Earlier this week, thousands of New Mexico high school students across the state walked out of class, protesting against Common Core testing

The state administers the Partnership for Assessment of Readiness for College and Careers (PARCC) test, which can also be used in school grades and teacher evaluations. Students in each grade across the country started taking the exams that are aligned with Common Core standards. The tests outline language and math skills that should be mastered in each grade.

This morning on "Fox and Friends" Connor Guiney and Anna Bentham-Grey, two students at Highland High School who organized the walk out on their campus, explained to Elisabeth Hasselbeck that they were surprised with the huge number of students who protested with them.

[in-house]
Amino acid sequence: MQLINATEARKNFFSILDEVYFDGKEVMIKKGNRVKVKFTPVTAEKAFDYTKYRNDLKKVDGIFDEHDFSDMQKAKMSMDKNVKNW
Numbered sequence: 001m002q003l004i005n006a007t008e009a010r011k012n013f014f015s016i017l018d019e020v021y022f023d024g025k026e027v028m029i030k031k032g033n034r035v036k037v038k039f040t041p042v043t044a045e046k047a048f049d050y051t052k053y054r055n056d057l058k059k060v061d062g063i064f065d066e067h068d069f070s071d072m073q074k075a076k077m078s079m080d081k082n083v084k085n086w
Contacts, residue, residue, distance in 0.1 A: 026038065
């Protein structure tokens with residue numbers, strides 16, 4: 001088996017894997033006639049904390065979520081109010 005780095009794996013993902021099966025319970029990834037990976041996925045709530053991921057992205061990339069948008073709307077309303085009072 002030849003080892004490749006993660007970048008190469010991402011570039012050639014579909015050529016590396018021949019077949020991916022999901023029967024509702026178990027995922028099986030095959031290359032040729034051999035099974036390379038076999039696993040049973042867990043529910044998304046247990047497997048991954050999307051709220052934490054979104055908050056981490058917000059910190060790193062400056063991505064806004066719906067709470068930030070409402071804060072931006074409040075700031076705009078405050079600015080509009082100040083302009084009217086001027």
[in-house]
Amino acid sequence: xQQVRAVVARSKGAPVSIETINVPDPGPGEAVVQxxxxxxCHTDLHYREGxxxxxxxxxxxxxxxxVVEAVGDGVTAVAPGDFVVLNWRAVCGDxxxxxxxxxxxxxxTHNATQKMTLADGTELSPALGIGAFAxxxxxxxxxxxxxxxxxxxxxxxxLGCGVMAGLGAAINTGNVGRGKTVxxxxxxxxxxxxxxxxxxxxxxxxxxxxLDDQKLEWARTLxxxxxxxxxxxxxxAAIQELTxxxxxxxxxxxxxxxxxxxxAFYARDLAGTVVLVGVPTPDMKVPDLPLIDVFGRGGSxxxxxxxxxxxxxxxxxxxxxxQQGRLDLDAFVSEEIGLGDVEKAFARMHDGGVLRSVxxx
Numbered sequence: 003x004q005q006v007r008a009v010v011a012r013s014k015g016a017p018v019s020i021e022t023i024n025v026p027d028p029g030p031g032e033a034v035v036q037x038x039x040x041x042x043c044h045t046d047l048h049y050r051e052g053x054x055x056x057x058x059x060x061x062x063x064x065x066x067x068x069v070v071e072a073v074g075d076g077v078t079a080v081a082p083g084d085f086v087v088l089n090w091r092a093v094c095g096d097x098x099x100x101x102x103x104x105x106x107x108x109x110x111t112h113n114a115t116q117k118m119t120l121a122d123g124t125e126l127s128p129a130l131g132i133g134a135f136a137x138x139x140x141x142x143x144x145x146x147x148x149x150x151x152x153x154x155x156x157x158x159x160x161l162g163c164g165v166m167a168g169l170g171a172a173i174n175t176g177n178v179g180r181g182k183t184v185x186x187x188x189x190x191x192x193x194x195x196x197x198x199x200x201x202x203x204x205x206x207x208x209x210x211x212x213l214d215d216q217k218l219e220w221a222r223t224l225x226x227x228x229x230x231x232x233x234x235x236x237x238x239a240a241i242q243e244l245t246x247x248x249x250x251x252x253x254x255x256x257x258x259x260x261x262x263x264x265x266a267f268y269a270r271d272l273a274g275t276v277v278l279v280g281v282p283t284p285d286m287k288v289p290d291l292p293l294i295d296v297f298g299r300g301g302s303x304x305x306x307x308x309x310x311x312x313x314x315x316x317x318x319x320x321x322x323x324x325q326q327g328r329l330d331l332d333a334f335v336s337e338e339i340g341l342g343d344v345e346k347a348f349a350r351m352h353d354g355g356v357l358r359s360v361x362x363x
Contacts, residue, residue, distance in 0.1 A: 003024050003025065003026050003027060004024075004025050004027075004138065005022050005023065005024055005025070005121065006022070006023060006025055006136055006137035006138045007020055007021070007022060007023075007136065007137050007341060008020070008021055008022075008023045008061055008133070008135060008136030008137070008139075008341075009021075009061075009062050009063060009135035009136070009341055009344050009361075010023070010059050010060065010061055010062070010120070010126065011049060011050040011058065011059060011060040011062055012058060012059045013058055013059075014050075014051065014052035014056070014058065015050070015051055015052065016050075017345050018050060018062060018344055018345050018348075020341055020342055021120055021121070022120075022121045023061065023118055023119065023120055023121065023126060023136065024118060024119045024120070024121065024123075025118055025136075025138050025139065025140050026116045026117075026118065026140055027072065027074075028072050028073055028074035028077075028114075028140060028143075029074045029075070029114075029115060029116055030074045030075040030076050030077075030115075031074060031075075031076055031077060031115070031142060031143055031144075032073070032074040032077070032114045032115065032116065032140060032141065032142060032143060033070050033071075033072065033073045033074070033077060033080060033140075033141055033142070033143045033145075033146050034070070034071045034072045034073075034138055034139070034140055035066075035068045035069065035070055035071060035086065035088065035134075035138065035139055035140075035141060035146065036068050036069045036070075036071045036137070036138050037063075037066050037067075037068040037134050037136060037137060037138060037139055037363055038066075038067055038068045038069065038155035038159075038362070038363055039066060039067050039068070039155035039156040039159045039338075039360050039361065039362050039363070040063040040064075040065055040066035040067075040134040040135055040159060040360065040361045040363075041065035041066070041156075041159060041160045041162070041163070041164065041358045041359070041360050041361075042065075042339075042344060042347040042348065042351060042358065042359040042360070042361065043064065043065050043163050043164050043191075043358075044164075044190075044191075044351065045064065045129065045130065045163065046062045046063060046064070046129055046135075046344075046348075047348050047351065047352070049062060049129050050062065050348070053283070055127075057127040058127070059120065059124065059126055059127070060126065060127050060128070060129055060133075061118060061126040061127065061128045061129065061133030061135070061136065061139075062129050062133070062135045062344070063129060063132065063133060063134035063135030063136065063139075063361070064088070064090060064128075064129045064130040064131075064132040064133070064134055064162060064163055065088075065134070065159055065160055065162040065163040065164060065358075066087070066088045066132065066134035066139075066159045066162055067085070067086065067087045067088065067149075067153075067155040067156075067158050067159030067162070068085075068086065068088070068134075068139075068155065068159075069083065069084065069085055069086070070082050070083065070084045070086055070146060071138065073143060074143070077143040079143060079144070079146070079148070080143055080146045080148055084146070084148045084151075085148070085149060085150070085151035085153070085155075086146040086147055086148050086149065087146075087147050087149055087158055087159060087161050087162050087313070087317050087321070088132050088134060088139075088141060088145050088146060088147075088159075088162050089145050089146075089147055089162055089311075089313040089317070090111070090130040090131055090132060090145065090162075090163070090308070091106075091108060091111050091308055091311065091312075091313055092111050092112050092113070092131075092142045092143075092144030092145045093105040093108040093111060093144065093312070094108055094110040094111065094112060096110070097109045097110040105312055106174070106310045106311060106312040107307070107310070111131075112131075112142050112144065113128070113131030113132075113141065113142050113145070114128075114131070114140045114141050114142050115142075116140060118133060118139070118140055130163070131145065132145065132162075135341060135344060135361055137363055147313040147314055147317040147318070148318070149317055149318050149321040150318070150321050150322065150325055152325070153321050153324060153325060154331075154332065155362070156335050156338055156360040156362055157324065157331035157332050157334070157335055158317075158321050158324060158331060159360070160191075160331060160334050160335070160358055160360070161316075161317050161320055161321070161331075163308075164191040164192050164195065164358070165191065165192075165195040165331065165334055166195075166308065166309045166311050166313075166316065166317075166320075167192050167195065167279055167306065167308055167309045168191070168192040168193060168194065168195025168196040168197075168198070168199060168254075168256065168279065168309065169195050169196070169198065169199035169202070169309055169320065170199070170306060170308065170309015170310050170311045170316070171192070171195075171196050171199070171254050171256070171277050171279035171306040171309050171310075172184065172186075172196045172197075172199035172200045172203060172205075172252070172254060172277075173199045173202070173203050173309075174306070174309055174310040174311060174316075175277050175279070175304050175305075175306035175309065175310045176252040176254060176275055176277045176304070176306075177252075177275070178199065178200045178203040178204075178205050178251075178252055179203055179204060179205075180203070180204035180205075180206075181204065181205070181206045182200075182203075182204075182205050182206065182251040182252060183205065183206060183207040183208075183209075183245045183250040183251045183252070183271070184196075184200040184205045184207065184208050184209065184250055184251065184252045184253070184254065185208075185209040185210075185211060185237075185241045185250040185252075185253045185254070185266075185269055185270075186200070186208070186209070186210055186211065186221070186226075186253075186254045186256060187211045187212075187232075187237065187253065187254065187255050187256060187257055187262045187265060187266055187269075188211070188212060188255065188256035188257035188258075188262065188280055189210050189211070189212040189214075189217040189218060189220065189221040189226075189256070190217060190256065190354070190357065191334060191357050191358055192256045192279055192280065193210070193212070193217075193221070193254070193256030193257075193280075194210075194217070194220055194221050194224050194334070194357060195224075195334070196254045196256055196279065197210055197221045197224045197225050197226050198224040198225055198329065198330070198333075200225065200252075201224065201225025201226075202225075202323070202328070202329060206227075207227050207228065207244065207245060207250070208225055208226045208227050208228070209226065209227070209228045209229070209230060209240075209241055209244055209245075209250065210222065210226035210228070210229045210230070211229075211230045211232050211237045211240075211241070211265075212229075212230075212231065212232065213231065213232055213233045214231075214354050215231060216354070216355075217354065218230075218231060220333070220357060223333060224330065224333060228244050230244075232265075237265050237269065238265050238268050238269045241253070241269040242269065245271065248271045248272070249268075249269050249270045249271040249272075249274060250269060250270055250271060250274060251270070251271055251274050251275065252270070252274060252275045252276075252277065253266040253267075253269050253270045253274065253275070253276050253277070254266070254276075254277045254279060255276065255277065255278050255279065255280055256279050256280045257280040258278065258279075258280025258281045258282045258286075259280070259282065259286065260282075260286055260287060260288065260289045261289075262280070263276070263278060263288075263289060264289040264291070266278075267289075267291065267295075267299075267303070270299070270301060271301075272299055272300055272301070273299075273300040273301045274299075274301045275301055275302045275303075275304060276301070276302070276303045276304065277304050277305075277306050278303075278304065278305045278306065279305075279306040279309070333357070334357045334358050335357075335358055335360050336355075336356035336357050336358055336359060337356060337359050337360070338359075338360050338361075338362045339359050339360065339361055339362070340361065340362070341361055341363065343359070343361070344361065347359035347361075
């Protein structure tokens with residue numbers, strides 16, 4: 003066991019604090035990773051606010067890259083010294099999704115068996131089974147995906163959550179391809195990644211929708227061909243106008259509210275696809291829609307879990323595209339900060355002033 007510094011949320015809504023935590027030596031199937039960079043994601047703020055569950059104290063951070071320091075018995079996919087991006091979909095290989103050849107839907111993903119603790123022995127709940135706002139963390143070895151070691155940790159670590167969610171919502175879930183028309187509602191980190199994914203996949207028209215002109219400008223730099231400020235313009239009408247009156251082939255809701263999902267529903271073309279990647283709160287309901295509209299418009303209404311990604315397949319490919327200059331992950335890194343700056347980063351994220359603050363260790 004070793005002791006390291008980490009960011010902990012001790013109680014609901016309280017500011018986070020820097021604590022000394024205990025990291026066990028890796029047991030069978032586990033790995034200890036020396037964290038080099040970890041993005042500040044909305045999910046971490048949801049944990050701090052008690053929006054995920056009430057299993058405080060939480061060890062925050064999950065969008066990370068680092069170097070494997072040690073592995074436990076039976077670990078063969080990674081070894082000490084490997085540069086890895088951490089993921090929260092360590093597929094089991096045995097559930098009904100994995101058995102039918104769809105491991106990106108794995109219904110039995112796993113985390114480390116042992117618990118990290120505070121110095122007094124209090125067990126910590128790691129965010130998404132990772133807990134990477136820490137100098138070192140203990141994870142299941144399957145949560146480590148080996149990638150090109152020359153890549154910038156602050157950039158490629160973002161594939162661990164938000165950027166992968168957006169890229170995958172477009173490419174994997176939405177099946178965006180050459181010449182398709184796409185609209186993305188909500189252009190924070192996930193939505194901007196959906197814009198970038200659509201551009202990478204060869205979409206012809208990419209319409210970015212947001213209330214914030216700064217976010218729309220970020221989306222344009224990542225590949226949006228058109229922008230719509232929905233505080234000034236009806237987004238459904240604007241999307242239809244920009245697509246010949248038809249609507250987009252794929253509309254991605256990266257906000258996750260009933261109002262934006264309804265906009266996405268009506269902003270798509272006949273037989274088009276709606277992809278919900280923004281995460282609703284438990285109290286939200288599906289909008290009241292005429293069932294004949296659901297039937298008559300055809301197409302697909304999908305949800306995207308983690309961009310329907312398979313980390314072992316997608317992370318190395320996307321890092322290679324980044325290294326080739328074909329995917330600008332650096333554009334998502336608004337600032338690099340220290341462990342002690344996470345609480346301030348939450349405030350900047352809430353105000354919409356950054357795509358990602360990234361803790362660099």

"I don't think we knew quite the capacity to which there would be that many people," Guiney said. "We thought maybe 100, or 150 would come out. But by the end of the day we had over 300 people and that was really good to have all that support out there. It was nice to not be alone in that."

Bentham-Grey remarked that they were surprised other schools in the area joined them to protest against Common Core. 

"We weren't the only ones," she said. "Almost every other school in our district also had walk outs that day."

Guiney said that the walk-outs are about "so much more than" trying to get out of taking a test. 

"And while maybe it's possible that's the agenda for some students, for us that wasn't the motivation at all," he said. "We feel like the tests are unnecessary and they use an excess amount of time among other things. But ultimately they're unfair to students at schools and to the teachers as well."

He added that the tests "don't encompass the learning styles of many different other students and that kind of leaves people out." 

Bentham-Grey said that the test doesn't cover everything they learn in school.  

Watch the video above to hear more. 

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